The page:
HKBU's Research Finds Novel Derivatives From Two Orchid Species Can Protect and Lighten Skin

HKBU's Research Finds Novel Derivatives From Two Orchid Species Can Protect and Lighten Skin

PR Newswire

HONG KONG, November 14, 2018

HONG KONG, November 14, 2018 /PRNewswire/ --

Researchers from the School of Chinese Medicine (SCM) at Hong Kong Baptist University (HKBU) have discovered that the natural compounds found in two orchid species can effectively lighten skin and protect it from damage.

     (Photo: https://mma.prnewswire.com/media/784847/HKBU_orchid.jpg )

Also commonly known as the Chinese medicinal herbs Shi Hu(石斛), the two orchids - namely Dendrobium officinale(鐵皮石斛)and Dendrobium nobile(金釵石斛)- both contain a class of natural compounds called stilbenoids which have a potent antioxidant and anti-melanogenic function making them ideal for use in skin care products.

The study, which is published in the internationally-renowned European Journal of Medicinal Chemistry, was led by Professor Zhang Hongjie from the School's Teaching and Research Division. It also involved Dr Tsang Siu-wai, Research Assistant Professor, and Drs Zhu Yu and Pan Wenhui, post-doctoral research fellows. The project has been granted a US patent with one PCT patent pending.

It has long been suggested that molecules known as free radicals and reactive oxygen species play an important role in ageing. Although naturally produced by the body, when exposed to ultraviolet light from the sun their levels can rise, causing damage.

Having extracted the stilbenoids from the two Dendrobium species, the research team found that the natural compounds successfully reduced the generation of free radicals and reactive oxygen species in both cellular and animal models, illustrating their suitability for protecting the skin against the effects of ageing.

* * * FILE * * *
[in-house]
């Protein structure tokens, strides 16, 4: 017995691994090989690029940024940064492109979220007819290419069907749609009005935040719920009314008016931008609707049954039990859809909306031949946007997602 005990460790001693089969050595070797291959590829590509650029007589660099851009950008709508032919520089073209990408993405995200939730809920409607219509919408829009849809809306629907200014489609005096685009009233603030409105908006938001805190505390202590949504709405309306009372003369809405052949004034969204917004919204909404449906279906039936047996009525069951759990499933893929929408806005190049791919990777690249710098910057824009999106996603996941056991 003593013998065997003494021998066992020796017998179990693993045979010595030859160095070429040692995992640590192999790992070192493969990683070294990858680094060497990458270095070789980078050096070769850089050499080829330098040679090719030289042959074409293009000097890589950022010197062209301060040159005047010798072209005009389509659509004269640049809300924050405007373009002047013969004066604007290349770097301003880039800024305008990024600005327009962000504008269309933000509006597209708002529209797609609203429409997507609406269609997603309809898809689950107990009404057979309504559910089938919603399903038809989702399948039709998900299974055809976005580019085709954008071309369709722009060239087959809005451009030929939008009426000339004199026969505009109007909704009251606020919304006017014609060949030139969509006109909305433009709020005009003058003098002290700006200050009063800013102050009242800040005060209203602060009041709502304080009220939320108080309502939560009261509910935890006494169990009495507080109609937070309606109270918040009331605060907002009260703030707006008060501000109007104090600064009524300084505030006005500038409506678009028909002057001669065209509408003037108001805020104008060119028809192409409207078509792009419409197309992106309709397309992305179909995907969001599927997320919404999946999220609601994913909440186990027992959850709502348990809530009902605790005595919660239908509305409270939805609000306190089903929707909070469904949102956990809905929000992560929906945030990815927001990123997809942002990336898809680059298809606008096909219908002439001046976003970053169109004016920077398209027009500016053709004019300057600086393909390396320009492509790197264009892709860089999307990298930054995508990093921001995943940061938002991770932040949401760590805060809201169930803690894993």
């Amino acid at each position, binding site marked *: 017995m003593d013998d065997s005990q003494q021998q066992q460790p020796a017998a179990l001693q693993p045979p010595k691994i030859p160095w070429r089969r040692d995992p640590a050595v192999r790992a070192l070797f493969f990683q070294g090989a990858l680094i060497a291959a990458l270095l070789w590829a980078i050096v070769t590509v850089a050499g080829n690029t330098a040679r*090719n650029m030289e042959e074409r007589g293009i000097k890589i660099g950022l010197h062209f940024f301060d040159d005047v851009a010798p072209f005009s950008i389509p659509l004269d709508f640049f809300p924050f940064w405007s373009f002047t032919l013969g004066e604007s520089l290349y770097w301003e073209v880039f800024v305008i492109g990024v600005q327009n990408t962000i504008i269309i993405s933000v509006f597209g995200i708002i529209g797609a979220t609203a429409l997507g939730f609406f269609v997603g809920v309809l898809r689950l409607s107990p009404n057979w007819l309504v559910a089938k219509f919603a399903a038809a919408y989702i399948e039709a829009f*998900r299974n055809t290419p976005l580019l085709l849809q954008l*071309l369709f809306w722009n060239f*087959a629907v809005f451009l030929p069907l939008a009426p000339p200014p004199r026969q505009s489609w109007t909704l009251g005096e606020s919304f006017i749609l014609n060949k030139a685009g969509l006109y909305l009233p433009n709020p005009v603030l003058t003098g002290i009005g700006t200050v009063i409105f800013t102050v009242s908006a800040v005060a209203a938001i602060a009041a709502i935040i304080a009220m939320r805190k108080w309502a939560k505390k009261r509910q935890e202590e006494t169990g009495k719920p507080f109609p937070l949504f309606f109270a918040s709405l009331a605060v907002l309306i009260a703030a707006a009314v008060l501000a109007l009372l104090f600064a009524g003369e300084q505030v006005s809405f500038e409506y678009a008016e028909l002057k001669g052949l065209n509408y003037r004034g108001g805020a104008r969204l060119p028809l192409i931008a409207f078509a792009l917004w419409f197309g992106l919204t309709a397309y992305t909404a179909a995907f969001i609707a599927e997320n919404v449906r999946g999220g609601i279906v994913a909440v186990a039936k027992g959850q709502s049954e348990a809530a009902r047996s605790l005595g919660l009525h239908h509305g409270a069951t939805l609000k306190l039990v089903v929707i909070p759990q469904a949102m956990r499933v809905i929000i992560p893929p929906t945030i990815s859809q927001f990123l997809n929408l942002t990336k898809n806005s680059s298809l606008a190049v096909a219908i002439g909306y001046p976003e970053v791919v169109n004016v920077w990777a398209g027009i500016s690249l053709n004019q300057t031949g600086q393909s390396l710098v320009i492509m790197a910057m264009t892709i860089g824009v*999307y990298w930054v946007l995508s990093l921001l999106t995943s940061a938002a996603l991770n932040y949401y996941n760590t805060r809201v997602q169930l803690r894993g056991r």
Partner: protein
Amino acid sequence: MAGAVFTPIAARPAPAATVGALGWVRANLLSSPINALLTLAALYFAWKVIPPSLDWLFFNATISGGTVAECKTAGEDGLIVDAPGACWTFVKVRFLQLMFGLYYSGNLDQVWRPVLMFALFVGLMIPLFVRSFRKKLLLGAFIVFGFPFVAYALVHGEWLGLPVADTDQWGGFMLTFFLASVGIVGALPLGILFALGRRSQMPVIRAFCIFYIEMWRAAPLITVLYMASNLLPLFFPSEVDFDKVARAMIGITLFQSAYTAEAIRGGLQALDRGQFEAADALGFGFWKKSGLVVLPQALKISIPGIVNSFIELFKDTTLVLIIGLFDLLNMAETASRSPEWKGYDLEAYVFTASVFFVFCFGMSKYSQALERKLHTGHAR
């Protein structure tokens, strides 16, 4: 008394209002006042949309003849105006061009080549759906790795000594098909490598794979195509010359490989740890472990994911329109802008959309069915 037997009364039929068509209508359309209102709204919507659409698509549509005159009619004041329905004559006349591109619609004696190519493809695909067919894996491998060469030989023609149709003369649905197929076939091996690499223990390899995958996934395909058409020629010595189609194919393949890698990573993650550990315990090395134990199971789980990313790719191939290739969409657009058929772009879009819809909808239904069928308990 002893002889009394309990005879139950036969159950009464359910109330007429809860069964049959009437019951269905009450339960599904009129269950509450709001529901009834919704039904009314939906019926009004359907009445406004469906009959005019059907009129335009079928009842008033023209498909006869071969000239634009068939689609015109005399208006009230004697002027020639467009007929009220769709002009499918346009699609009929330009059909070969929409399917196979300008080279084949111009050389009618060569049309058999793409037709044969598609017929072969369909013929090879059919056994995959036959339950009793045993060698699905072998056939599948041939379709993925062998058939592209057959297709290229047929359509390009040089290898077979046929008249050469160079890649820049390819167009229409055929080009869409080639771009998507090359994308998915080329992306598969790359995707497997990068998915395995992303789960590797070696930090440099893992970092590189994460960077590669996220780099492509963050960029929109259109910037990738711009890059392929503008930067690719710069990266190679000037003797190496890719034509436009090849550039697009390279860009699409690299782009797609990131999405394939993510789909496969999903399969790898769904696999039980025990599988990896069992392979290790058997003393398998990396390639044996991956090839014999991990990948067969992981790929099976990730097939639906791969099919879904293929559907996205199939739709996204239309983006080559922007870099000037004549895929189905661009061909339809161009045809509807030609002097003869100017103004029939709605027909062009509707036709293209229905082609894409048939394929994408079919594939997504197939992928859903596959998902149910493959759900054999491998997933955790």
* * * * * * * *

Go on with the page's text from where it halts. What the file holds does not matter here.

The study also found that these natural stilbenoids compounds notably reduced melanin formation - the pigment that gives human skin its colour - by inhibiting an enzyme involved in its production. As a result, the finding illustrates that such natural compounds can achieve better results than vitamin C, vitamin E and beta hydroxy acid (BHA), which are commonly used in skincare products, when it comes to reducing melanin formation and the prevention of skin darkening.

Dr Tsang Siu-wai explained that while many people love to sunbathe, prolonged exposure to the sun can cause great damage to skin and ultraviolet light from the sun may even affect certain genes that control the growth and division of the skin cells, leading to skin cancer.

Dr Tsang said: "Our study shows that the natural stilbenoids compounds in Shi Hu do not cause any irritation to skin. They carry highly effective anti-oxidative and anti-melanogenic functions, and can therefore be used as an effective component in developing pharmacological products for skin protection and anti-aging, as well as the prevention of skin darkening and melanoma. Currently, vitamin C, vitamin E and BHA are the antioxidants commonly used in the skincare products, but the natural compounds extracted from the two Dendrobium orchids are safer and more effective, and therefore have a high value as a skin protecting agent."

The research team has received funding from the Innovation and Technology Commission of the HKSAR Government to establish a company called Gihon Biotech Limited, to commercialise the research. The researchers are also planning to explore the long-term effects of stilbenoids and in particular their anti-oxidative and anti-melanogenic functions. In the future, the team plans to study the effects of such compounds in the treatment of diseases which arise from oxidative stress, such as inflammation and cancer.

The research project also won the second prize for start-up projects and the second prize for business plan projects respectively at the "Challenge Cup" National Competition (Hong Kong Regional Final) in 2017 and 2018.

Media enquiries:

Dr Tsang Siu-wai, School of Chinese Medicine (+852-3411-2959)

Jasmine Lau, HKBU Communication and Public Relations Office (+852-3411-7828, hkbunews@hkbu.edu.hk)

Voltar noticias em Inglês